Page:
President Obama will receive great credit from historians and many voters in November for his triumph reviving the American auto industry, and making Made in America a badge of honor for this key sector of the national economy.
It is a useful moment to consider the career of a great man, former Michigan governor and auto-industry CEO George Romney. George Romney was an early and strong champion of fuel-efficient cars, partnerships for prosperity between labor and management, civil rights, major disclosure of candidate tax returns and a philosophy he called competitive cooperative consumerism. He joined with Walter Reuther of the United Auto Workers to better the lot of workers.
If George Romney were here today, Mitt Romney would probably be calling him a European socialist, while George Romney would probably be supporting the auto policies of Obama and possibly endorsing Obama for reelection.
My Dickensian title is not about a tale of the three Mitt Romneys of left, right and center who have emerged as pretenders when convenient over the years. Rather, this is a tale of two Romneys named George and Mitt, and how the difference between them speaks to a profound debate about the nature of the Republican Party today and the great decision the voters will make in November.
The Obama policy to revive the auto industry was so successful because he brought together management and workers behind a shared mission with shared purpose, shared pain, shared success and shared rewards. George Romney would have valued this, and supported it. Mitt Romney despised it, and attacked it.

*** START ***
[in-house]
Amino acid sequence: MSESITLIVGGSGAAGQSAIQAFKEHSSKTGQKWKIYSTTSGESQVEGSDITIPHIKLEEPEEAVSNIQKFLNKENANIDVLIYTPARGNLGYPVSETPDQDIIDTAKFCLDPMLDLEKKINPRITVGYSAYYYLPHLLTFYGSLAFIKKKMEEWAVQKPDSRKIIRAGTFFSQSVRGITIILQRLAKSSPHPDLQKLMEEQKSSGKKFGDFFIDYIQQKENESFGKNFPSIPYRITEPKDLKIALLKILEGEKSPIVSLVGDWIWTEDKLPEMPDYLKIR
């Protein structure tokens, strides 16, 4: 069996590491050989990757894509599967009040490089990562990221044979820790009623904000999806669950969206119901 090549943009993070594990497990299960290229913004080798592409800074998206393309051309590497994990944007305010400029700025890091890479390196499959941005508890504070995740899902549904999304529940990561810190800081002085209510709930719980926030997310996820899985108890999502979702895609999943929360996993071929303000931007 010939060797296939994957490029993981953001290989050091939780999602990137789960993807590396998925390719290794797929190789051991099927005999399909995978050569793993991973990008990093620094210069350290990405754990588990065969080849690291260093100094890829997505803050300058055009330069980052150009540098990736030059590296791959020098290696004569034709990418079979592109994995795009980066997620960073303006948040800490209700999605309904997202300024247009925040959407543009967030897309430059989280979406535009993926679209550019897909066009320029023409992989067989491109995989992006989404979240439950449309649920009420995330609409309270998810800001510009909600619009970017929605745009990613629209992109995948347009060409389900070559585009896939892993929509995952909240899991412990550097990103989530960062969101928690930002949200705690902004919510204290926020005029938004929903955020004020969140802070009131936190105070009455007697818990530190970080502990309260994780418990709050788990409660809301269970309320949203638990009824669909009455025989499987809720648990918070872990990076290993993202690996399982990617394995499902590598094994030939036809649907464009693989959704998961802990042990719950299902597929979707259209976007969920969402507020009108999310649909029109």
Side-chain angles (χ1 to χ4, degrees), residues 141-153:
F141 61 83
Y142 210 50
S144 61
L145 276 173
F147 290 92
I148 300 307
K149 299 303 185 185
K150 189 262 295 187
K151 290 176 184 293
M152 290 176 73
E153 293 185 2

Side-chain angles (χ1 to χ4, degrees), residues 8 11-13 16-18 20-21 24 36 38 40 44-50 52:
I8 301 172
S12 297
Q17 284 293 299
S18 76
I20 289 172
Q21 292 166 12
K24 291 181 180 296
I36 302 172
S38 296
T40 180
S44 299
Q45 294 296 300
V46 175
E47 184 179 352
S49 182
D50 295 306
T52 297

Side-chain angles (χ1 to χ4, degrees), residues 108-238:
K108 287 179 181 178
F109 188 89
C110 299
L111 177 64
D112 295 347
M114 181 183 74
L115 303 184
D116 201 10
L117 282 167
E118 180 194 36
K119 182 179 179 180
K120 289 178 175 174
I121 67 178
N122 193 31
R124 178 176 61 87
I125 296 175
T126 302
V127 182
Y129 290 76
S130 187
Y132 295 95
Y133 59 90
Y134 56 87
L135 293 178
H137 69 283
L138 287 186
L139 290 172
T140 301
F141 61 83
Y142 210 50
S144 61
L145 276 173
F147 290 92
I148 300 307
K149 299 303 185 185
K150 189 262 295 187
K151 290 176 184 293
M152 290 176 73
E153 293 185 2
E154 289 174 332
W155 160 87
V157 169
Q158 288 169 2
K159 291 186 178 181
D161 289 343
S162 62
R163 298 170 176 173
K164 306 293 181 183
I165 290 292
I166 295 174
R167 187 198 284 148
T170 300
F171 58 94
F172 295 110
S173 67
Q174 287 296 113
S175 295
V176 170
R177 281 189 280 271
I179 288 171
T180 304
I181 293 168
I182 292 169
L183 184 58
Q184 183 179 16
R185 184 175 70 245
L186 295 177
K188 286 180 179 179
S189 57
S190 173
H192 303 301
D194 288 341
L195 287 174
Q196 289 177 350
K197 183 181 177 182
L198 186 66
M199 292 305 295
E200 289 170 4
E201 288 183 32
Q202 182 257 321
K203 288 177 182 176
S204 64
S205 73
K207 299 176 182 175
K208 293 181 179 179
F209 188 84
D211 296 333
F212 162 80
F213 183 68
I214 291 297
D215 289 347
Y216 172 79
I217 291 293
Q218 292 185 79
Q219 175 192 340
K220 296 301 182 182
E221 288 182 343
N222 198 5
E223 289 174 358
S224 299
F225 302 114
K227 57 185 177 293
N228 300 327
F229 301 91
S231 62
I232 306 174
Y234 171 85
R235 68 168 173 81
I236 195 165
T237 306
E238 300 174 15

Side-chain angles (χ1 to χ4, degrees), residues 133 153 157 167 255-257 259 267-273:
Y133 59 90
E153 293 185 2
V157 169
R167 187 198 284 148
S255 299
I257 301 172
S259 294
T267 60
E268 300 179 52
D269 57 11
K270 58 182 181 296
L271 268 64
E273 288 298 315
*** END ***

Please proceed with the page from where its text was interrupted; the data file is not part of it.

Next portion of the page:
Mitt Romney advocated a different approach based on Dickensian business practices that even some Republicans call vulture capitalism, which would have been alien to George Romney. What Mitt Romney wanted would have destroyed the American auto industry. What Barack Obama did saved it.
Tens of thousands of auto-related jobs are back. More are coming. The words profit, growth, new jobs and Made in America are again proudly part of the lexicon of the American auto industry because Barack Obama was president, and Mitt Romney was not.
George Romney would be appalled that the party he loved now champions a death struggle between labor and management in which those who speak for workers are treated as enemies of the state who should be demonized and destroyed. He would strongly agree with Obama that business and labor should be partners for prosperity, and not mortal enemies in a tribal war that Republicans want, which all Americans would lose.
Obama and George Romney embody a capitalism in which both sacrifice and rewards are fairly shared. Most Republicans and Mitt Romney embody a capitalism in which the top fraction of the top 1 percent receives almost all of the gain and endures virtually none of the pain, while the rest of the nation shares only a pittance of the prosperity and endures all of the pain.
The George Romney who ran an American auto company and served as governor of Michigan would be appalled and ashamed by what has become of his party and embarrassed that Mitt Romney so panders to an extremism that is anathema to everything he stood for and accomplished.
George Romney would be angry and ashamed that his party wages all-out war against collective bargaining and tries to demonize and destroy jobs and benefits for highly trusted and valued teachers, librarians, firefighters and police in state after state, and from the GOP side of the aisle in Congress.
George Romney was elected governor of Michigan three times. The GOP governors he would most deplore today are often highly unpopular and facing recall or defeat in the next election.
In this tale of two Romneys, the great man of the past would be championing the capitalism of the president, and rejecting the Darwinian and Dickensian vulture capitalism that embodies neither true capitalism nor the real America.
This column was originally published at The Hill.